| | | | | | | | | | hands ___________________________________________ ___________________________________________ file | | | | work
Hope this is understandable
Reply to
Dave Fawthrop
In message , John Smith writes
... and use the full length of the file. The longer the filing stroke the easier it is to detect (and correct) any rocking in your technique.
BTW, the easiest way to get a true and square end to a piece of bar stock is to use the lathe. If you have not already got one, a four jaw chuck should be pretty high on your list of desirable lathe accessories.
Reply to
Mike H
Yes I was told about new files for brass and old for ferrous as an apprentice but my wages were lower than the cost of files then. A decent file doesn't require much down force so the fatigue factor is far less and you can concentrate on what you are doing more. I cant believe how much easier it is now than in the old days. We were taught to chalk the file first to help release clogging filings but now I believe it only helps diull the file and I think incorrect down force and speed is much to blame. I agree that clearing frequently is important but I am not keen on file cards whcih could dull the file and a gentle tap seems effective. Orherwise I brush the file before it gets clogged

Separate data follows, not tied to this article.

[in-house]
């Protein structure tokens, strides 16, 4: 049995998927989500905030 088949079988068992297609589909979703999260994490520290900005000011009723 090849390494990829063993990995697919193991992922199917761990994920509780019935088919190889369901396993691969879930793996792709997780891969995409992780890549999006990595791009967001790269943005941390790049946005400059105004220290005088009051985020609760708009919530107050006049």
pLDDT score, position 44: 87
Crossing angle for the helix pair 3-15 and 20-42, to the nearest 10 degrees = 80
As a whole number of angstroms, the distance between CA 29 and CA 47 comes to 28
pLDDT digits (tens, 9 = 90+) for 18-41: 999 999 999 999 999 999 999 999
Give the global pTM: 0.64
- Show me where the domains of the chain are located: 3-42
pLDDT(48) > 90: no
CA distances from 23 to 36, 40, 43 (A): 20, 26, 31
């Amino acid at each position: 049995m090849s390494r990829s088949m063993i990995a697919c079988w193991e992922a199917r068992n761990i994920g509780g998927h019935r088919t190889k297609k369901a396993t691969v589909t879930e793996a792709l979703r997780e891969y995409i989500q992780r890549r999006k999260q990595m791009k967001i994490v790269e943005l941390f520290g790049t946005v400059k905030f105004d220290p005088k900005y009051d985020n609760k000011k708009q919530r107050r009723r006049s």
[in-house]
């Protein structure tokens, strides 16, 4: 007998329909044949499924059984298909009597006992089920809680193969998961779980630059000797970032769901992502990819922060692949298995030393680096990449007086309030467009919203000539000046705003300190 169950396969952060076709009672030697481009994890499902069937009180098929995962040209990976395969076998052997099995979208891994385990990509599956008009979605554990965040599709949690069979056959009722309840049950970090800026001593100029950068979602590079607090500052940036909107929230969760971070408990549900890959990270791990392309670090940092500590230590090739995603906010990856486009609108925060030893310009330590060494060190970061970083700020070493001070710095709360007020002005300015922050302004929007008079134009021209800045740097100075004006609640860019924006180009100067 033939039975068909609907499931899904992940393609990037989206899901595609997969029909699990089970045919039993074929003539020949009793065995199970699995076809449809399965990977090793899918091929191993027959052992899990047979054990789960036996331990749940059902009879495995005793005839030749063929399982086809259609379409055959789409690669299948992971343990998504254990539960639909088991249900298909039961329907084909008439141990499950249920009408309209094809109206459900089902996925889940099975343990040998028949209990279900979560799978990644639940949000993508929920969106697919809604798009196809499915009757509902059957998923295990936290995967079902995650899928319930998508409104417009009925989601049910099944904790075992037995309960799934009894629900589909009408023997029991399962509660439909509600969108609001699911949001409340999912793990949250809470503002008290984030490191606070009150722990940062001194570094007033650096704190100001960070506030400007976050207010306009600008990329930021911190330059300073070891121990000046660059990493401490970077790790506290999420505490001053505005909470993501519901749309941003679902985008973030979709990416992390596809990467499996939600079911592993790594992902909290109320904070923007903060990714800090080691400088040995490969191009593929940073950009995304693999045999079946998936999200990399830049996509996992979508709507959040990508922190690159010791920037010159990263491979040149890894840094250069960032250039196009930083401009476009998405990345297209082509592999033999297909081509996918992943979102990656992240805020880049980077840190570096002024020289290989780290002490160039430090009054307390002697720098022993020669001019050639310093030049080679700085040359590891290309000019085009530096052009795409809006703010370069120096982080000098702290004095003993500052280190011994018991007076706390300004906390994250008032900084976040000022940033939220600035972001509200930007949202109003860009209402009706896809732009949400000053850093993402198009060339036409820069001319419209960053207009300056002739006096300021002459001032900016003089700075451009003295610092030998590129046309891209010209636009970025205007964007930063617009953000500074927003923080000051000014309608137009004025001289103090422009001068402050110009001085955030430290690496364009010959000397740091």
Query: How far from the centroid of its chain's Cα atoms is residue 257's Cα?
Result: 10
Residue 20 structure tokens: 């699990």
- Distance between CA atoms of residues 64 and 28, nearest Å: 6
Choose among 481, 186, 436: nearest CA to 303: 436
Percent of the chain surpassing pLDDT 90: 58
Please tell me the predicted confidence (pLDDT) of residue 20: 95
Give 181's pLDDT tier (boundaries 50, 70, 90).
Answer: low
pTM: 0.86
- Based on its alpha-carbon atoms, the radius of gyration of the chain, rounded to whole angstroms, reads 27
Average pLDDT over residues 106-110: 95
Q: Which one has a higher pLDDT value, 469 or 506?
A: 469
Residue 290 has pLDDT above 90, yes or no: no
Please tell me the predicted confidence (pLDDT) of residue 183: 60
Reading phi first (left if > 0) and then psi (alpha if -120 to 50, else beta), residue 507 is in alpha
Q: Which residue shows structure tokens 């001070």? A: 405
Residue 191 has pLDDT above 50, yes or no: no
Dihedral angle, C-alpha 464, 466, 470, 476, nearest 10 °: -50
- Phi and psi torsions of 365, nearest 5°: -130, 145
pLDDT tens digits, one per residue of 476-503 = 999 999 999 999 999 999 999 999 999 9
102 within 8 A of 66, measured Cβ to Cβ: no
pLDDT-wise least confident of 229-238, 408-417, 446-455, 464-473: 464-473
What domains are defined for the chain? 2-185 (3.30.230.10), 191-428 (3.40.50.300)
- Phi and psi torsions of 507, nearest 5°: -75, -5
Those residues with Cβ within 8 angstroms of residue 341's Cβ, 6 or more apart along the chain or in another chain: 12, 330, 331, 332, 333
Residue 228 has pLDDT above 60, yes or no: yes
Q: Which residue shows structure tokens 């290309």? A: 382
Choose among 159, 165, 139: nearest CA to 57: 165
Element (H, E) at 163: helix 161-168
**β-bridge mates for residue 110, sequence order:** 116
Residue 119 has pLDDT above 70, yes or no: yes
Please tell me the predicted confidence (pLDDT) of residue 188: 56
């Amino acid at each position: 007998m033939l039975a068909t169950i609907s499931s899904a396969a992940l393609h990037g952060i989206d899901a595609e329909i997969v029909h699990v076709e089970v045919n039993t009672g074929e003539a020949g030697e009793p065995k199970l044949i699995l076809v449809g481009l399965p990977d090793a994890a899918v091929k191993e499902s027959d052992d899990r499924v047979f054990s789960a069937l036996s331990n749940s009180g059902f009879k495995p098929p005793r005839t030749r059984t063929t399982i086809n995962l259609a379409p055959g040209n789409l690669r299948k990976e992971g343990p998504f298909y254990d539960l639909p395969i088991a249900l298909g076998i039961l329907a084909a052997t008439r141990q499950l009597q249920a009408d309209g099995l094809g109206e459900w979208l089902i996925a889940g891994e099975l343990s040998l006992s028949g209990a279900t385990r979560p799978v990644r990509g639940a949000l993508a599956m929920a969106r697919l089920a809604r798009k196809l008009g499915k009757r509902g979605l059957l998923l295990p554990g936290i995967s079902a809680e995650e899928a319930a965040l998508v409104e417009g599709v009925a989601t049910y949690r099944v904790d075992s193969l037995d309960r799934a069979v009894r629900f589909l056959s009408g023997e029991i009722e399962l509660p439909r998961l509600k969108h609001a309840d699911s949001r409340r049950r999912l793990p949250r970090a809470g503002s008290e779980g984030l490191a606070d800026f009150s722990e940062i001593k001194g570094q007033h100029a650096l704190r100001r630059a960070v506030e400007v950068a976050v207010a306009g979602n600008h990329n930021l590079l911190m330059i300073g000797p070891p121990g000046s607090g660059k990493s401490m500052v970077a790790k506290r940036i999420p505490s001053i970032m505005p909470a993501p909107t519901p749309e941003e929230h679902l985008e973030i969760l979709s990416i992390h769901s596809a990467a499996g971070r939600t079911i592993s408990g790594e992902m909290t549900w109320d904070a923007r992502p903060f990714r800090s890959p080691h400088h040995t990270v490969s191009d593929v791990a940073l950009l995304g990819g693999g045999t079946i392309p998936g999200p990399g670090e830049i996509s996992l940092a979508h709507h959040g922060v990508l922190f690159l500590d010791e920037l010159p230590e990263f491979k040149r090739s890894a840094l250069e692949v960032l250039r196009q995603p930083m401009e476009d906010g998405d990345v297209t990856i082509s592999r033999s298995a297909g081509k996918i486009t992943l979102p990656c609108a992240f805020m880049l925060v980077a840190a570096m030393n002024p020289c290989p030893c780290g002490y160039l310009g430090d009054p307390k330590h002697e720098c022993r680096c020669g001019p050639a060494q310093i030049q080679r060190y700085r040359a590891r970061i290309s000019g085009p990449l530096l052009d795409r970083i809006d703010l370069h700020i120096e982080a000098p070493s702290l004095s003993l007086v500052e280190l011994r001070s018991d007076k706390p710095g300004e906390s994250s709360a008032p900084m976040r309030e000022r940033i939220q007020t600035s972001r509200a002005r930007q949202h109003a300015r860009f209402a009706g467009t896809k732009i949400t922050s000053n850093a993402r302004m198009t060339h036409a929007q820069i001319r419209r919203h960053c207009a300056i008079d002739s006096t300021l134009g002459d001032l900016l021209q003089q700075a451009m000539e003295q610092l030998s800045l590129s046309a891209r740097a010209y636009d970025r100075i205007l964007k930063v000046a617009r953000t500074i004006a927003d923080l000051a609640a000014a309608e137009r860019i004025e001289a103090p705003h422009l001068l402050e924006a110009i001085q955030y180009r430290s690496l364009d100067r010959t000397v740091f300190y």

Anyone tried using teflon spray as a release agents on files?
Reply to
Chris R
We always used a piece of ali or brass sheet, as wide as the file, rubbed diagonally into the file face which eventually gives you a 'comb' which cleans out the swarf and any other gunge as well.
Our metalwork teacher (J.J.Jefferies) always reckoned that file cards blunted the file teeth as the steel wires were relatively hard. Peter -- Peter A Forbes Prepair Ltd, Luton, UK snipped-for-privacy@easynet.co.uk
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Reply to
Prepair Ltd
Having re-plumbed the house I have lots of copper pipe. I cut a nine inch length of curved half-inch diameter stuff and pinched one end flat, and I "scrape" that diagonally across files; it develops a comb edge which is perfect for cleaning. Now have three pieces to accomodate different pitches.
Ken.
Reply to
Ken Parkes
We were taught that the file card had to be used across the file at the same angle as the teeth, the file card should not be used so much as to make a lot of difference to the life of the file.
Reply to
Neil Ellwood
This reminds me of one of the trade tests on national service, they called it a square fit.
Basically a block of mild steel with a square hole scraped to fit a square block that you had made first, then a drilled hole and a tapped hole: both ends filed, one long edge chiselled and the other edge scraped. The only tools were Files, scraper, blue, Hand brace, drills, tap, rule and firm joint calipers.
Time allowed was something like 4 hours.
Reply to
Neil Ellwood